Wayne County residents who want to increase their level of financial literacy should familiarize themselves with the ways that consumer bankruptcy can help them eliminate debt. This is arguably the take-home message from a recent study that shows how states with higher levels of financial literacy often have higher levels of bankruptcy filings.
The researchers looked at the rates of personal bankruptcy in each U.S. state. Then, the researchers investigated the degree to which high school students in each state receive education on personal financial matters. Many -- but not all -- states require the teaching of financial literacy to high school students before they graduate.
The researchers discovered that the states that rated highest in financial literacy education also tended to have high rates of personal bankruptcy filings. Meanwhile, many of the states that mandate the least amount of financial literacy education were found to have low bankruptcy rates. Some commentators have chosen to interpret this by implying that states with high levels of financial literacy education just happen to have populaces that are in need of it due to financial recklessness.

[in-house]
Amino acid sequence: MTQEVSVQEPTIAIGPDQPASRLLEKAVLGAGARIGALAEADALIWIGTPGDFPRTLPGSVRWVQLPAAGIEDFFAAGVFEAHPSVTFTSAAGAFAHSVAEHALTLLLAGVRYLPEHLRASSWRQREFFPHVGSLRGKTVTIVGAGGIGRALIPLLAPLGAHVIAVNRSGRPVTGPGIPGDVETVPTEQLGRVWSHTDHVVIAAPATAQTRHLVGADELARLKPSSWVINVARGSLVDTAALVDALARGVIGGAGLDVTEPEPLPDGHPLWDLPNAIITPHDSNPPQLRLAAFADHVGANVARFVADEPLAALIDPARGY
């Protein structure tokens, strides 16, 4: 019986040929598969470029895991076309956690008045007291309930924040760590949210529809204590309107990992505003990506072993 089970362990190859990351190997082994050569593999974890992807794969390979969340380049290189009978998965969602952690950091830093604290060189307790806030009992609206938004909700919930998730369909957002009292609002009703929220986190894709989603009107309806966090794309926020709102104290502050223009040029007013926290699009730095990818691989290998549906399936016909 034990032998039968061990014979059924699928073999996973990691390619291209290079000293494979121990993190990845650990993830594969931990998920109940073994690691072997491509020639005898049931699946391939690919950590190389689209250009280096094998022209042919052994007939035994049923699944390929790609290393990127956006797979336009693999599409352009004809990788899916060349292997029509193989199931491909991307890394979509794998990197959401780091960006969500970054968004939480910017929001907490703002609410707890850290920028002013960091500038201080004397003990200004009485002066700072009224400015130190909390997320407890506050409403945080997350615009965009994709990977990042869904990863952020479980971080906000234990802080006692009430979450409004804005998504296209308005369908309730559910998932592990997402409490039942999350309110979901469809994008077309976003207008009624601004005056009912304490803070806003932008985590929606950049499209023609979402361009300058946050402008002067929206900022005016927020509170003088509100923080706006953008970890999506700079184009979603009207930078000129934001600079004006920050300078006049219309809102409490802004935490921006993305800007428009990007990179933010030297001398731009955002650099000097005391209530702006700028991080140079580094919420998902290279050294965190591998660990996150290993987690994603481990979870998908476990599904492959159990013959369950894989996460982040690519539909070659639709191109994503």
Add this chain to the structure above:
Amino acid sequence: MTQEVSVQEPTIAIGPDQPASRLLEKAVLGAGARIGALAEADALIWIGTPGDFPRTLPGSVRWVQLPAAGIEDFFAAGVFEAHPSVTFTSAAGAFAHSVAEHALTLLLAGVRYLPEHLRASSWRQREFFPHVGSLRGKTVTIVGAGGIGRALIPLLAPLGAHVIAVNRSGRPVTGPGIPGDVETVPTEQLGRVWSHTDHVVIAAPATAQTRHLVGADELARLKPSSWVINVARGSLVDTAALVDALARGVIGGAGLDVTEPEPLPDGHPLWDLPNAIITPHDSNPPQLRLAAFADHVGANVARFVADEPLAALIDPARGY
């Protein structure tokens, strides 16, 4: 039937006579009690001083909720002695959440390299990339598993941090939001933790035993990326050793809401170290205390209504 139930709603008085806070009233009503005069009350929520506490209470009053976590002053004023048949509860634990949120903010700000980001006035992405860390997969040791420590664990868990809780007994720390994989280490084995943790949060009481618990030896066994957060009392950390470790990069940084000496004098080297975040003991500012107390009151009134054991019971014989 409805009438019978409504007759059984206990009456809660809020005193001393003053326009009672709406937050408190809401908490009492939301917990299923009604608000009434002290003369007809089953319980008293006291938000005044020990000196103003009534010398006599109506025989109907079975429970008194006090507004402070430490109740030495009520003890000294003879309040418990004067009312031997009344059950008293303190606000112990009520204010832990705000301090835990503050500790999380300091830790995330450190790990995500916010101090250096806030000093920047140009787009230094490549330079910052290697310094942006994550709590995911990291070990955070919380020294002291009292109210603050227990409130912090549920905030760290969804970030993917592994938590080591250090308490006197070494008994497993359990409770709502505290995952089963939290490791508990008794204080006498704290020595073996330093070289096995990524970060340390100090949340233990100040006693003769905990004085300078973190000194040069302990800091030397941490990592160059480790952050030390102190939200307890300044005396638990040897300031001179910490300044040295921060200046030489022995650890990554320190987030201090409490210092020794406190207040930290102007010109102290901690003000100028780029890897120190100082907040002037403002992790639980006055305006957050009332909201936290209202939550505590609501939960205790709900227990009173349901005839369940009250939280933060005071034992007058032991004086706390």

But, it seems likely that states with high levels of financial literacy have people who are familiar with how personal bankruptcy can be used for debt relief. After all, many bankruptcy filings are due to high levels of medical debt, not usually accumulated due to financial recklessness. In addition, many other bankruptcy filings are due to bad luck or business reversals that are not the fault of the consumer.
Consumers owe it to themselves to learn more about the potential benefits of bankruptcy. A fresh financial start may be available through that process.
Source: The Deseret News, "High schools fail to teach financial literacy, state by state grading report finds," Eric Schulzke, Nov. 1, 2015